Epidemiology of extended-spectrum β-lactamase-producingEscherichia coliin Sweden 2007–2011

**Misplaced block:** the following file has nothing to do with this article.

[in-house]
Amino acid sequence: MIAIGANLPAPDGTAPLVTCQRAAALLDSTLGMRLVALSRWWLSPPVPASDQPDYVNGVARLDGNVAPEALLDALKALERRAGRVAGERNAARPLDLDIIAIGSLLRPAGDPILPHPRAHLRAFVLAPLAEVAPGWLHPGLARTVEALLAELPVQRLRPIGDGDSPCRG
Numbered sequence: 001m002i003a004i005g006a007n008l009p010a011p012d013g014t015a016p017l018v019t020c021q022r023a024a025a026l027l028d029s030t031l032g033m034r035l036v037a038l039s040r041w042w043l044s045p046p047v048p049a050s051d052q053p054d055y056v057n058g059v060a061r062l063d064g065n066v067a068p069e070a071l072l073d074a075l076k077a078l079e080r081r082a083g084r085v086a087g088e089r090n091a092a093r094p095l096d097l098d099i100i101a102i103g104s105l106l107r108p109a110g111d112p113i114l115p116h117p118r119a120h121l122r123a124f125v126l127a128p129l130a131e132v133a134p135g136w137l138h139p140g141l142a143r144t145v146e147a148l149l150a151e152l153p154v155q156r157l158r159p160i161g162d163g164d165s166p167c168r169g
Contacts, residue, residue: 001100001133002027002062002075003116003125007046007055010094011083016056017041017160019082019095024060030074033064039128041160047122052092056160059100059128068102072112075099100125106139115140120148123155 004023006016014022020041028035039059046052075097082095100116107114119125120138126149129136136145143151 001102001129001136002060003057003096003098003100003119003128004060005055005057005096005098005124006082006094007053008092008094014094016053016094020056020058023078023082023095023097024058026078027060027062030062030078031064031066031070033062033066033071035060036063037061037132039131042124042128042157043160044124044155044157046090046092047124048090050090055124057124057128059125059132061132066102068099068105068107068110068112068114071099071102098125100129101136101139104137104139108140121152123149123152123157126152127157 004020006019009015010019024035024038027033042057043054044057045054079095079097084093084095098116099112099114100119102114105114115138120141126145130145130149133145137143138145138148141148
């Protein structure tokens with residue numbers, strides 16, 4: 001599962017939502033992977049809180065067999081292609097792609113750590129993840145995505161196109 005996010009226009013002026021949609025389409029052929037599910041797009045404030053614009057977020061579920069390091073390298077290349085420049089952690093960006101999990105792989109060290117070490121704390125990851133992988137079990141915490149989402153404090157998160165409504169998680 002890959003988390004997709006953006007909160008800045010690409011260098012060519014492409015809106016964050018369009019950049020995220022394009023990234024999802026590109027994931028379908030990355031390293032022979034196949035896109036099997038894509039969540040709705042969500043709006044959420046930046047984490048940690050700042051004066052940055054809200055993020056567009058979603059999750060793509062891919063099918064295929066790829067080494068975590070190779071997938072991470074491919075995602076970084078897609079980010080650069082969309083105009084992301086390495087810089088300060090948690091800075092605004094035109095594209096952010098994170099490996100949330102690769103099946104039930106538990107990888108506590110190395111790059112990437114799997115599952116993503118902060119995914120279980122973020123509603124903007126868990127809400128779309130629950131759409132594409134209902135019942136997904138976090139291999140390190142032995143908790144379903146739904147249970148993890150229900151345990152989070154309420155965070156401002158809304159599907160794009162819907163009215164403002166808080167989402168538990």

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Extended-spectrum β-lactamase (ESBL) -producing Enterobacteriaceae have been notifiable according to the Swedish Communicable Disease Act since 2007. A major increase in the number of cases has been observed, with 2099 cases in 2007 and 7225 cases in 2012. The majority of the isolates are Escherichia coli. Additionally, Swedish data on the prevalence of ESBL-producing invasive isolates of E. coli are available through EARS-Net, and through biannual point prevalence studies, where molecular characterization of isolates from the entire country is carried out. This paper describes major trends in the Swedish epidemiology of ESBL-producing E. coli in the period 2007–2012. Isolates from the point prevalence studies were subjected to antimicrobial susceptibility testing, ESBL genotyping, pulsed-field gel electrophoresis, multi-locus sequence typing and phylogenetic grouping with PCR. The distribution of sequence types, resistance genes and susceptibility levels were all stable over the three study periods. The dominating resistance gene conferring ESBL was blaCTX-M-15, found in 54–58% of the isolates. ST131 represented 34–38% of the isolates. Other major sequence types were ST38, ST69, ST405, ST617 and ST648, each representing 2–6% of the isolates. Phylogenetic group B2 was the most common, and was observed in 41–47% of the isolates. However, among ST131 isolates the B2 phylogenetic group represented 90–98% of the isolates. The most important epidemiological difference seen over time was that the median age of infected women decreased from 62 to 52 years (p <0.0001) and infected men from 67 to 64 years. A potential explanation might be the shift towards a higher proportion of community-acquired infections in individuals lacking comorbidities.

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